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A306, vicinity JFK New York USA, 2001 (WAKE HF AW)
|On November 12, 2001, an Airbus Industries A300-600 operated by American Airlines crashed into a residential area of Belle Harbour, New York, after take-off from John F. Kennedy International Airport, New York. Shortly after take off, the aircraft encountered mild wake turbulence from a departing Boeing 747-400.|
| Actual or Potential
|AW, HF, LOC, WAKE|
|Type of Flight||Public Transport (Passenger)|
|Origin||New York/John F Kennedy International Airport|
|Intended Destination||Santo Domingo International Airport|
|ICL / ENR|
|Location - Airport|
|Airport vicinity||New York/John F Kennedy International Airport|
|Tag(s)|| Inappropriate crew response - skills deficiency|
Procedural non compliance
|Tag(s)|| Airframe Structural Failure|
Flight Control Error
|Tag(s)|| ICAO Standard Wake Separation prevailed|
In trail event
Pilot over compensation
|Damage or injury||Yes|
|Aircraft damage||Hull loss|
|Injuries||Most or all occupants|
|Fatalities||Most or all occupants (†)|
|Causal Factor Group(s)|
|Group(s)|| Aircraft Operation|
On November 12, 2001, an Airbus A300-600 being operated by American Airlines on a scheduled passenger flight crashed into a residential area of Belle Harbour, New York, after take-off from John F. Kennedy International Airport, New York. Shortly after take off, the aircraft encountered mild wake turbulence from a departing Boeing 747-400.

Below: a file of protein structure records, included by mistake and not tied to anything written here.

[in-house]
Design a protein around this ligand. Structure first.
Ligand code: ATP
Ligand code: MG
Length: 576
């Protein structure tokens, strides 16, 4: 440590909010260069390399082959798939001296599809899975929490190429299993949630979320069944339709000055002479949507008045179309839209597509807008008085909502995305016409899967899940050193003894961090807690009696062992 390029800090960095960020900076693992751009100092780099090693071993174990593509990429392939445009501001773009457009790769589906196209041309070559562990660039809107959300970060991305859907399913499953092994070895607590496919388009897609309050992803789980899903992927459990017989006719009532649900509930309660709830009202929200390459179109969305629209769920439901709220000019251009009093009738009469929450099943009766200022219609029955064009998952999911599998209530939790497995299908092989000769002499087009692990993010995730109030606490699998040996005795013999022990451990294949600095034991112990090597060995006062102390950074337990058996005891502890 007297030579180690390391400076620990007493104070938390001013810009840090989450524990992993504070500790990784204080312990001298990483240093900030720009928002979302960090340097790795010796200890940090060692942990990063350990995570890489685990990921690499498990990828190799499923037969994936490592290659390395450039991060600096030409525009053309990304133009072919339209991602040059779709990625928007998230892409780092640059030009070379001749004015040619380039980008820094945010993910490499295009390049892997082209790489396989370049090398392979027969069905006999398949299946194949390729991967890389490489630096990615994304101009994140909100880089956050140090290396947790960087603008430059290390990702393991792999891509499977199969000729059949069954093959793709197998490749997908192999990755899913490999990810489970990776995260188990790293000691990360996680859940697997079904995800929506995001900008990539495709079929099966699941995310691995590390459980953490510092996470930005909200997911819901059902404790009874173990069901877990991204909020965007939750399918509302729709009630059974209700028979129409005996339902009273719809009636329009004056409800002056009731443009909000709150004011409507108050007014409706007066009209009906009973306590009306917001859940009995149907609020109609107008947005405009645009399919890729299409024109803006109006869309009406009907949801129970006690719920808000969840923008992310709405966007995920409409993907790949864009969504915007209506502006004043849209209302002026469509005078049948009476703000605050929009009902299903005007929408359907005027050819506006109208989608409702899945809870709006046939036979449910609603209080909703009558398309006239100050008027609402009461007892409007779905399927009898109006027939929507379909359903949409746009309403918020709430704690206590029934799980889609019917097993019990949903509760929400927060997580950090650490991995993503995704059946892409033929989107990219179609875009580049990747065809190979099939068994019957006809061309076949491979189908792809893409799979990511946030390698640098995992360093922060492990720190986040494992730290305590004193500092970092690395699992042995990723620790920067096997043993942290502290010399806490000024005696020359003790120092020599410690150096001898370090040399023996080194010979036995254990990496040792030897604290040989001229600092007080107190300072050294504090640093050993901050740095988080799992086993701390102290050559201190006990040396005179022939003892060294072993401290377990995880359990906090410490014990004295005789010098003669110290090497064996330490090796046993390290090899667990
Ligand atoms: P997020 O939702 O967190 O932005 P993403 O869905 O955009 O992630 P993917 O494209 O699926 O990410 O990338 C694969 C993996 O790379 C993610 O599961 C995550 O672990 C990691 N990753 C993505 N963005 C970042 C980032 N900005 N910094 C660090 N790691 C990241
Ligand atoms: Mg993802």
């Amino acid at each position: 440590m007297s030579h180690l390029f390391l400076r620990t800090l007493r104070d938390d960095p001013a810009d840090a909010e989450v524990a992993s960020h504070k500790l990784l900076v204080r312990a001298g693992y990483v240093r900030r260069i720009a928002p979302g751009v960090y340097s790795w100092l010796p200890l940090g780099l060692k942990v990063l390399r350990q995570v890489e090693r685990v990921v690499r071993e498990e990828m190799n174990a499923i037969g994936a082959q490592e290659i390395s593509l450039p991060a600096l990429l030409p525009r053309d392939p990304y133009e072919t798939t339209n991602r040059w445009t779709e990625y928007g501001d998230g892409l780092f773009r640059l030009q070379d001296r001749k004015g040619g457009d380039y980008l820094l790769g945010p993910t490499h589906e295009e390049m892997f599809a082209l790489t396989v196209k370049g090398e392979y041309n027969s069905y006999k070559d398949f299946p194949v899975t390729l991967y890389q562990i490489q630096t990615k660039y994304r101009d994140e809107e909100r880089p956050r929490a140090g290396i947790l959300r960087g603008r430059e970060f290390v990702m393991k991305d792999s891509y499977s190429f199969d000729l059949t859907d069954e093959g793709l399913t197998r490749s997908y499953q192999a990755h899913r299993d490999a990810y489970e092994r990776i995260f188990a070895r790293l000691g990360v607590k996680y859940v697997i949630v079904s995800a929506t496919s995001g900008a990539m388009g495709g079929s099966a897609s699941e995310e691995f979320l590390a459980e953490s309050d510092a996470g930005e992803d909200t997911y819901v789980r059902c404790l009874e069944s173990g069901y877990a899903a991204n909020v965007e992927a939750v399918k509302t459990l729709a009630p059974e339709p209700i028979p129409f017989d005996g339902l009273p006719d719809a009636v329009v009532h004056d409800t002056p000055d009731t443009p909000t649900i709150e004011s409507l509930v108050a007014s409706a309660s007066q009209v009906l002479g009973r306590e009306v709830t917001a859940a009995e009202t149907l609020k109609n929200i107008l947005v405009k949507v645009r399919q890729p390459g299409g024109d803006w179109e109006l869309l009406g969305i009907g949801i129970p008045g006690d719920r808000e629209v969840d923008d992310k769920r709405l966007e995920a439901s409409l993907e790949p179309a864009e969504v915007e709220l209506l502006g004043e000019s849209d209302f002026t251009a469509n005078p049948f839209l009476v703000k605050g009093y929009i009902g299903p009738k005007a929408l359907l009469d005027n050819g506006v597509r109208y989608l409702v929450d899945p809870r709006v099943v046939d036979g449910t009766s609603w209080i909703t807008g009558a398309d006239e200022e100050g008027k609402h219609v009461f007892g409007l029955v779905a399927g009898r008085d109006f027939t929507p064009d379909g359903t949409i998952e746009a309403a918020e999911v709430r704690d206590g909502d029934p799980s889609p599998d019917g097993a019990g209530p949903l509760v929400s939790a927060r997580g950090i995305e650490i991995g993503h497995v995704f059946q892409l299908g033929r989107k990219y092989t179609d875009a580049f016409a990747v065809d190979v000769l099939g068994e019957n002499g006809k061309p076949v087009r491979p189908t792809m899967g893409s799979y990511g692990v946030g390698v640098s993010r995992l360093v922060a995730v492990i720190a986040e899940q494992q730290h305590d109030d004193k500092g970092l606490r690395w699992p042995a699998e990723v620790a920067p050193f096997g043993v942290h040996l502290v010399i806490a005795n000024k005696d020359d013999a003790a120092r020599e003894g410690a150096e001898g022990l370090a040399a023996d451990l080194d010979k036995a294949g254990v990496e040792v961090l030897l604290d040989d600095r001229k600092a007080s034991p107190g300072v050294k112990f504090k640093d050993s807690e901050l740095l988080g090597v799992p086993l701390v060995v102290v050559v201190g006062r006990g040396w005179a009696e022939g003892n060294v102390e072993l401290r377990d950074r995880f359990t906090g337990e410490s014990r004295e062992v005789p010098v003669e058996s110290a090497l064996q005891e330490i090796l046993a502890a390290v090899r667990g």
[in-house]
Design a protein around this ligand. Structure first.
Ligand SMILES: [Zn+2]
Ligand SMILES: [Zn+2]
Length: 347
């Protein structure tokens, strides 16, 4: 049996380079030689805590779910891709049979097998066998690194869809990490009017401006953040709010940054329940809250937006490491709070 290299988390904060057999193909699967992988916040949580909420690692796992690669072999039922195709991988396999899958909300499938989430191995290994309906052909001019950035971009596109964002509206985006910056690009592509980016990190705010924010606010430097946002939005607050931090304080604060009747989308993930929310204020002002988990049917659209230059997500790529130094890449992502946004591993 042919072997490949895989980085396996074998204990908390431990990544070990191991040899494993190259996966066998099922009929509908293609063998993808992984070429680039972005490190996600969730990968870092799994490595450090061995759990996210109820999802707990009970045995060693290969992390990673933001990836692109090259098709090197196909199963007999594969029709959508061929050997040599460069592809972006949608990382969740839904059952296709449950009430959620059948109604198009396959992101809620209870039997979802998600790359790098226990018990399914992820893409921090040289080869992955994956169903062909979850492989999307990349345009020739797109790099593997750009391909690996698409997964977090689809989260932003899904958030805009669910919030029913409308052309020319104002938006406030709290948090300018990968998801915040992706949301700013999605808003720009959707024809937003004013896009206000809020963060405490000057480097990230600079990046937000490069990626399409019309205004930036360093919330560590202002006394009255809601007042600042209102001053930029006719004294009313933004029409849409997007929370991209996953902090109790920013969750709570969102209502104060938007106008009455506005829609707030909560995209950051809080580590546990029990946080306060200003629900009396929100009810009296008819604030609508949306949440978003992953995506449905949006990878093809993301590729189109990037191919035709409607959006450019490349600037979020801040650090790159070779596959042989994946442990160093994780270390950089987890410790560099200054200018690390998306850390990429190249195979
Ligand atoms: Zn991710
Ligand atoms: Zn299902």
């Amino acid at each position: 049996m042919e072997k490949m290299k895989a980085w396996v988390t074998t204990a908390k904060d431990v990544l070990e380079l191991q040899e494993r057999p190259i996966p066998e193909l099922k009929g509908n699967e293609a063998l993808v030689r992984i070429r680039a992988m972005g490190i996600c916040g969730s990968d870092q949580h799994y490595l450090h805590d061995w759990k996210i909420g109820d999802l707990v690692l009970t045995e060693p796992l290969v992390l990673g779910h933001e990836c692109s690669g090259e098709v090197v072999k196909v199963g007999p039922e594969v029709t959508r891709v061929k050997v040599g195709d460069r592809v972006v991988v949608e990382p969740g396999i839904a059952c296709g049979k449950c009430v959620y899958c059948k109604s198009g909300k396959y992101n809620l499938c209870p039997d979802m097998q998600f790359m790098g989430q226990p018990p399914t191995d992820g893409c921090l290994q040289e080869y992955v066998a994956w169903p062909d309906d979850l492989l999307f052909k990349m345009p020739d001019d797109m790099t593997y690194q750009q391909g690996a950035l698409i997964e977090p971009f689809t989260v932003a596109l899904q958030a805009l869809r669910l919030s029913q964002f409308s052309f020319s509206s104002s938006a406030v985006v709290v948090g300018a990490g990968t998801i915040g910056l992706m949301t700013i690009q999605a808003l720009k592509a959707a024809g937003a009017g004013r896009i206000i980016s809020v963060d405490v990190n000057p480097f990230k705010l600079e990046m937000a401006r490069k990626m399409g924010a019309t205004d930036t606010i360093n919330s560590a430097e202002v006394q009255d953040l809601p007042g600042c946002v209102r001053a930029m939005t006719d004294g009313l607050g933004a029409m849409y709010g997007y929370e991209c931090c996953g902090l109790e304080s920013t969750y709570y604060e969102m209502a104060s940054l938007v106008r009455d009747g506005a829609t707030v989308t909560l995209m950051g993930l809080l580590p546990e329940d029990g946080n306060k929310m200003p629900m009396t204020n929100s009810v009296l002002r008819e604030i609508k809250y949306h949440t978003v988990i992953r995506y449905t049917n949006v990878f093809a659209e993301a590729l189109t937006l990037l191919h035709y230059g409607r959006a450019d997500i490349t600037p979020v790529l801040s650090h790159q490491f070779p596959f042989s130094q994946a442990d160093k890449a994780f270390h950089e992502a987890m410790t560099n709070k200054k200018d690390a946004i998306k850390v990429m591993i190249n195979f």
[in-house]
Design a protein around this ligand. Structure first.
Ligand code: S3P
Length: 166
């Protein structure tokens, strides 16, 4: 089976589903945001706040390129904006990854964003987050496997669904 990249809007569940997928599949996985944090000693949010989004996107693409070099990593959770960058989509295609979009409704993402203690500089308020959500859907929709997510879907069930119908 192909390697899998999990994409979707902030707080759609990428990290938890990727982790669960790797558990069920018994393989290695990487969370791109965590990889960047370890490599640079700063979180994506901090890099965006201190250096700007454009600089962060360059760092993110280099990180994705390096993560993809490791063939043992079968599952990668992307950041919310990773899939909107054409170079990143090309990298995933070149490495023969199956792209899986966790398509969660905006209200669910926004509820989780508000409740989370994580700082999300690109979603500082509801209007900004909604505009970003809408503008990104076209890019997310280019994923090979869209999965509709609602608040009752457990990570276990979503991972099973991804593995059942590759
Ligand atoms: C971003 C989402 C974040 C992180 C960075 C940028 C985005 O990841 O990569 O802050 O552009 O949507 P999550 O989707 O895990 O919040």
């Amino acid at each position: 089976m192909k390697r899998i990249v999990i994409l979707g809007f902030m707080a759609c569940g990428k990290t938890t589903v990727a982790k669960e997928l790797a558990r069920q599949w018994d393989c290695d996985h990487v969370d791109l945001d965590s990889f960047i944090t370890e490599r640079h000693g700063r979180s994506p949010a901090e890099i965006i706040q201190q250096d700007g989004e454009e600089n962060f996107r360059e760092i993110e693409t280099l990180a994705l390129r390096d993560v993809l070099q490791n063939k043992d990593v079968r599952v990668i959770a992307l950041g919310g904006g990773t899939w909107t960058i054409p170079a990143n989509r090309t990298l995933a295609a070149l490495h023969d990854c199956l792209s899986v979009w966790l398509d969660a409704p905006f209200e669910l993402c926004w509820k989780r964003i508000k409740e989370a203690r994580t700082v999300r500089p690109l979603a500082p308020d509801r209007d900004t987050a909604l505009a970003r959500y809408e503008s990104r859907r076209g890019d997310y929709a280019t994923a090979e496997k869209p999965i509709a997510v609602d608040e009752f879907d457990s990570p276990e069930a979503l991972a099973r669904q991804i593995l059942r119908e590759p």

This is an extract from the official report of the accident published by the National Transportation Safety Board (NTSB).
“[…] The effect of the turbulence was typical of a minor wake encounter—a momentary 0.3 G drop in normal load factor, a 0.04 G drop in longitudinal load factor, and a 0.07 G shift in lateral load factor. However, the first officer reacted to this first wake turbulence encounter by moving the control wheel rapidly right and left several times, with large control wheel deflections up to 37 degrees right and 34 degrees left.”
Following the wake turbulence encounter, the first officer had provided excessive rudder pedal inputs which ultimately resulted in in-flight break up of the aircraft vertical stabiliser.
“The airplane’s vertical stabiliser and rudder separated in flight and were found in Jamaica Bay, about 1 mile north of the main wreckage site. The airplane’s engines subsequently separated in flight and were found several blocks north and east of the main wreckage site. All 260 people aboard the airplane and 5 people on the ground were killed, and the airplane was destroyed by impact forces and a post-crash fire.”
The Report makes the following conclusion:
“[…]The National Transportation Safety Board determines that the probable cause of this accident was:
- the in-flight separation of the vertical stabilizer as a result of the loads beyond ultimate design that were created by the first officer’s unnecessary and excessive rudder pedal inputs.
- Contributing to these rudder pedal inputs were characteristics of the Airbus A300-600 rudder system design and
- elements of the American Airlines Advanced Aircraft Manoeuvring Program.
The Report's recommendations, beginning on page 161, also address institutional, manufacturing and organisational issues (see Further Reading).
For further information see the full accident report published by NTSB.